Yesterday, the weather was perfect, clear with a few fluffy clouds. An excellent day for installing playgrounds at remote Quechua village schools.
The first installation was in the village of Ocutuan. Here we installed a swing set, climbing tower, and tether ball set (including ball). The Cardenas-Torres family directed the assembly and installation. But the locals did much of the work, digging holes, and mixing and placing concrete. From Ocutuan, we had an incredible view of the nearby snow-covered mountains. The village of Ocutuan is situated at more than 12,000 feet asl.
While in Ocutuan, we visited the site of a weaving center that is being constructed by Eagle-Condor Humanitarian, a Utah-based NGO. The C-T family had fabricated playground equipment for the project and it was great to see it installed. We made some minor adjustments on the swing set.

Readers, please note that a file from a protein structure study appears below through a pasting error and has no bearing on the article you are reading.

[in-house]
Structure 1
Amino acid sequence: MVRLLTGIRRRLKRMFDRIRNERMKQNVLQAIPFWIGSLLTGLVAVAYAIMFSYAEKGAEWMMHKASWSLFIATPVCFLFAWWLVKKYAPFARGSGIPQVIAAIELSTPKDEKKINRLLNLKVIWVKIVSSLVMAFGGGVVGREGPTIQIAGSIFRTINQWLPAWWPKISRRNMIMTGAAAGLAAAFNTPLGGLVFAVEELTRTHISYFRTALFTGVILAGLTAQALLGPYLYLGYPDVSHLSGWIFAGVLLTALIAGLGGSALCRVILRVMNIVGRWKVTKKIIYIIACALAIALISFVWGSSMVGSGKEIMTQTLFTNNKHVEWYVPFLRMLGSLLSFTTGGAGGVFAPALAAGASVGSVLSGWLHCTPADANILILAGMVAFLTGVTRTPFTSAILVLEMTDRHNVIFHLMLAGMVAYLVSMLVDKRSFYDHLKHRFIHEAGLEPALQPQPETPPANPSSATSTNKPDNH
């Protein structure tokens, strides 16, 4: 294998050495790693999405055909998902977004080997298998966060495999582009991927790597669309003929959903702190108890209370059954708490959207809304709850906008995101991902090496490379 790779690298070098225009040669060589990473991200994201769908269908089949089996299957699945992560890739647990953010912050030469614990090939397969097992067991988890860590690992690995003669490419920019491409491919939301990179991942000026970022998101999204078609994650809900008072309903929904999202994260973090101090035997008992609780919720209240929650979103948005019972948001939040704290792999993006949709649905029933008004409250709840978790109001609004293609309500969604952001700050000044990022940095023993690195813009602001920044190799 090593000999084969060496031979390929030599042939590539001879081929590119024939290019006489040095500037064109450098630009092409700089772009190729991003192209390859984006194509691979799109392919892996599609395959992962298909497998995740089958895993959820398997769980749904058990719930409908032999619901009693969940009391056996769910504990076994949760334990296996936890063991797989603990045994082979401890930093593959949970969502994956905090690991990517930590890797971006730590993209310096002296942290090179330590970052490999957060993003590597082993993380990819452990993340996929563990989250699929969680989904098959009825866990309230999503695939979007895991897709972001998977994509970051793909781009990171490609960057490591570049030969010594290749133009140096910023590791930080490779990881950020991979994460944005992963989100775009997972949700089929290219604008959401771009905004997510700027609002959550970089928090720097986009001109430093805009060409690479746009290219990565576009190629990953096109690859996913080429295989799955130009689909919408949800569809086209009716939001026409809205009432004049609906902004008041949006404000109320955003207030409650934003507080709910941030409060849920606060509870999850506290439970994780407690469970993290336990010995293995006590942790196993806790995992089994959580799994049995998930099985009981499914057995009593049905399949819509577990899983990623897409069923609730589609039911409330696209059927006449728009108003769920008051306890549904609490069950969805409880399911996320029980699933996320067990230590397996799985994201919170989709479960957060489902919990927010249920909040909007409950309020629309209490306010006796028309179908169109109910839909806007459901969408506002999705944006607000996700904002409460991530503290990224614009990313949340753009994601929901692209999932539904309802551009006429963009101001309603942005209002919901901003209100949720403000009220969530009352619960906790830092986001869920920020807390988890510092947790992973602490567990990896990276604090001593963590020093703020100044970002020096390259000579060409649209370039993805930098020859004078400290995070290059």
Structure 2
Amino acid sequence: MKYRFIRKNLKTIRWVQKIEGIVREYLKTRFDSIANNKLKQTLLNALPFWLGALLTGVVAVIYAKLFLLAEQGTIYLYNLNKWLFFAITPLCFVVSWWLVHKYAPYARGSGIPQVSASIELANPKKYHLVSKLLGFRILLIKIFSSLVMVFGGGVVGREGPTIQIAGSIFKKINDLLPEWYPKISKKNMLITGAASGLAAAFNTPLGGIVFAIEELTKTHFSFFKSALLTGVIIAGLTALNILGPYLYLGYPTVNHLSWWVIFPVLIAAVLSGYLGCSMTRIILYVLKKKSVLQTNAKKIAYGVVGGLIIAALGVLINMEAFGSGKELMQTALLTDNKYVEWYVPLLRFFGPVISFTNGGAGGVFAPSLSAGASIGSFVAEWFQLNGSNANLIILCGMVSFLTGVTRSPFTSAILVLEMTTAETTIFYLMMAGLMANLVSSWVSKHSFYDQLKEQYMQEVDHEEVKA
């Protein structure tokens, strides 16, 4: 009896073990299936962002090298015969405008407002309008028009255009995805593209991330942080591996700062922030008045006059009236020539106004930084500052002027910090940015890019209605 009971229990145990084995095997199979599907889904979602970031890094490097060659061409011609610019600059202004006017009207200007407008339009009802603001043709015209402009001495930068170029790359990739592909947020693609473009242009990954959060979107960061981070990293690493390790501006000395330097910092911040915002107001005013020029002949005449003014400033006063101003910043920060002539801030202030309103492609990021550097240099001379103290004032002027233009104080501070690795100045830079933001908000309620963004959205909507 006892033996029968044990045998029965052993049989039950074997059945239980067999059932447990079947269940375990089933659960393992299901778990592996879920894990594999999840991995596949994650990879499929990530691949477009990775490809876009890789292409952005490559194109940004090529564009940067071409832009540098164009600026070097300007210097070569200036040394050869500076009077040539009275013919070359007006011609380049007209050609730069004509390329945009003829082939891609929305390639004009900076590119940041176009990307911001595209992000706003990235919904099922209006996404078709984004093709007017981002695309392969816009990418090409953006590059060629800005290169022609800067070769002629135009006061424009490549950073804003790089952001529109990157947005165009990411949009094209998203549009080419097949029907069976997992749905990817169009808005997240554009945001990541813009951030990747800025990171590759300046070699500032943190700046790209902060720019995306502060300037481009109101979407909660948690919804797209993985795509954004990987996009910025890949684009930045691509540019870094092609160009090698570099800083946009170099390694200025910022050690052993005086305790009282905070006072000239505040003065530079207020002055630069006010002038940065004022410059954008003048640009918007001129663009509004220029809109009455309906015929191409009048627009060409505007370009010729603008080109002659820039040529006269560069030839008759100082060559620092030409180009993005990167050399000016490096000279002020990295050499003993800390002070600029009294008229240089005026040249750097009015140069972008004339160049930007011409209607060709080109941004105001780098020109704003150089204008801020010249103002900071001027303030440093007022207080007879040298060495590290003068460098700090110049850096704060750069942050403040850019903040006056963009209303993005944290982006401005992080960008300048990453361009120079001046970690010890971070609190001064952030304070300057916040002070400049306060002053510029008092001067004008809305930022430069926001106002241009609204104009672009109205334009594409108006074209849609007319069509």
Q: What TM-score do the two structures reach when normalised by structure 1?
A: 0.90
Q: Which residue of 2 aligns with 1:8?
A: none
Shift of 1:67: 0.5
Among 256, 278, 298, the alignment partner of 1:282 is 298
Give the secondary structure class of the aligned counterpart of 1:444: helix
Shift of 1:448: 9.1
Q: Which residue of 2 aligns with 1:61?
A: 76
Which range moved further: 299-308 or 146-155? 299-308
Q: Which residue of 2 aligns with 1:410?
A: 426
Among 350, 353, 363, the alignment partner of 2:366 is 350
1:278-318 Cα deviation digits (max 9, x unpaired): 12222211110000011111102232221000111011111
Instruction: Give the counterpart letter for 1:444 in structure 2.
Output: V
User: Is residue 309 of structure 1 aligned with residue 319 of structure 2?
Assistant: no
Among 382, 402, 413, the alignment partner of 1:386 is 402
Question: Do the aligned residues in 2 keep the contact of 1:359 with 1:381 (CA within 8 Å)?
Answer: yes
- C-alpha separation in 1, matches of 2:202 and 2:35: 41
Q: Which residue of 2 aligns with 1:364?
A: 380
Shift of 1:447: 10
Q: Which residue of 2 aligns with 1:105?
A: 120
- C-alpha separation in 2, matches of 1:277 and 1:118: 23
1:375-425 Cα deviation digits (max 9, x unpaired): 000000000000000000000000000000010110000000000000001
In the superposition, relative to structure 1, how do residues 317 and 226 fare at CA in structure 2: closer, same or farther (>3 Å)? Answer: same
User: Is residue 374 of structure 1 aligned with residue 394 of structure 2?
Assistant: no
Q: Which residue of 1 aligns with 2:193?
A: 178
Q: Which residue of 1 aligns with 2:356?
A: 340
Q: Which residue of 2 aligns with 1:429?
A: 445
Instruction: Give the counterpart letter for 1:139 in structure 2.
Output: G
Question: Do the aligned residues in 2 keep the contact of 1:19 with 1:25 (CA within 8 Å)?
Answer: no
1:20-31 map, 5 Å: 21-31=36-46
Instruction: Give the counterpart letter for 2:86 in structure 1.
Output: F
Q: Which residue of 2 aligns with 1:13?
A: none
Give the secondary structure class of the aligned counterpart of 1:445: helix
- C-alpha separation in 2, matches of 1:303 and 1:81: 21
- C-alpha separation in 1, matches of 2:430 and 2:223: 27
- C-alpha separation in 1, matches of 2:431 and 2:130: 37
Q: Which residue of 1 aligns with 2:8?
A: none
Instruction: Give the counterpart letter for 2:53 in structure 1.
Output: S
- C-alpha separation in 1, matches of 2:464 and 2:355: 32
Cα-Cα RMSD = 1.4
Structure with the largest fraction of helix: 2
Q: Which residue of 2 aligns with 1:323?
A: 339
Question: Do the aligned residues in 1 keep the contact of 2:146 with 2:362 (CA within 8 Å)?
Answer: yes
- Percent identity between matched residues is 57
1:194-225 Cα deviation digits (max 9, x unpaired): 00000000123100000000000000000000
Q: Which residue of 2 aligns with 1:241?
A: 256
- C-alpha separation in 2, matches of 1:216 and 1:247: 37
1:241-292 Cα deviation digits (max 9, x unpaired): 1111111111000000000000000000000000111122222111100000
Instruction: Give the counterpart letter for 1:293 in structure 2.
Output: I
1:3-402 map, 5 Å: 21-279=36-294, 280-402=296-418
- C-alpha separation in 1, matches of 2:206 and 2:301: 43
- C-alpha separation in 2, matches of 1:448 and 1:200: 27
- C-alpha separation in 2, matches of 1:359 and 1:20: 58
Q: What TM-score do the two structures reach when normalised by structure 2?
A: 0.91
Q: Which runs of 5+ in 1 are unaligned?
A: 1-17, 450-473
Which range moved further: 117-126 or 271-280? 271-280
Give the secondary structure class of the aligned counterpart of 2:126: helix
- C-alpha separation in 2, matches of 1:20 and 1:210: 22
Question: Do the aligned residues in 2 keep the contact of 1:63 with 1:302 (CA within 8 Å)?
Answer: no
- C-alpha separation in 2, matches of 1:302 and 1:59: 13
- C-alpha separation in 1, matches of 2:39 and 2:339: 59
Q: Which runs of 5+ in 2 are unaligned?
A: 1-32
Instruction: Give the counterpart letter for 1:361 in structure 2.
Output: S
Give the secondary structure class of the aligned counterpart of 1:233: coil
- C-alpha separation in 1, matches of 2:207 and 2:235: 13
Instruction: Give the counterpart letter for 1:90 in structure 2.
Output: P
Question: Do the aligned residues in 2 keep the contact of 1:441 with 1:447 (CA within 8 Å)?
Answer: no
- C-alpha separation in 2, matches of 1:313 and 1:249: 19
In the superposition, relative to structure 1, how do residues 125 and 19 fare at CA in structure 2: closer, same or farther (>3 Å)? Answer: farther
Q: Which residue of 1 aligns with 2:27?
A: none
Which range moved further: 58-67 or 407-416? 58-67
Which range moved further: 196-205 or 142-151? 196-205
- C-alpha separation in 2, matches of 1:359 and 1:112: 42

Next we traveled a couple of hours to the small community of Sunchumarca, located over 12,800 feet high in the mountains. The road to the village climbs over 2,000 feet. Switchback after switchback. First on a narrow paved road, then on a partially paved road, then on a gravel road, and finally on a dirt road. When we finally arrived, it was getting late in the day, so we just unloaded the playground equipment—a swing and tire set, monkey bars, and climbing tower—and assembled the swing set.
The installation work was done by the locals the next day, and the head teacher provided the photographs below.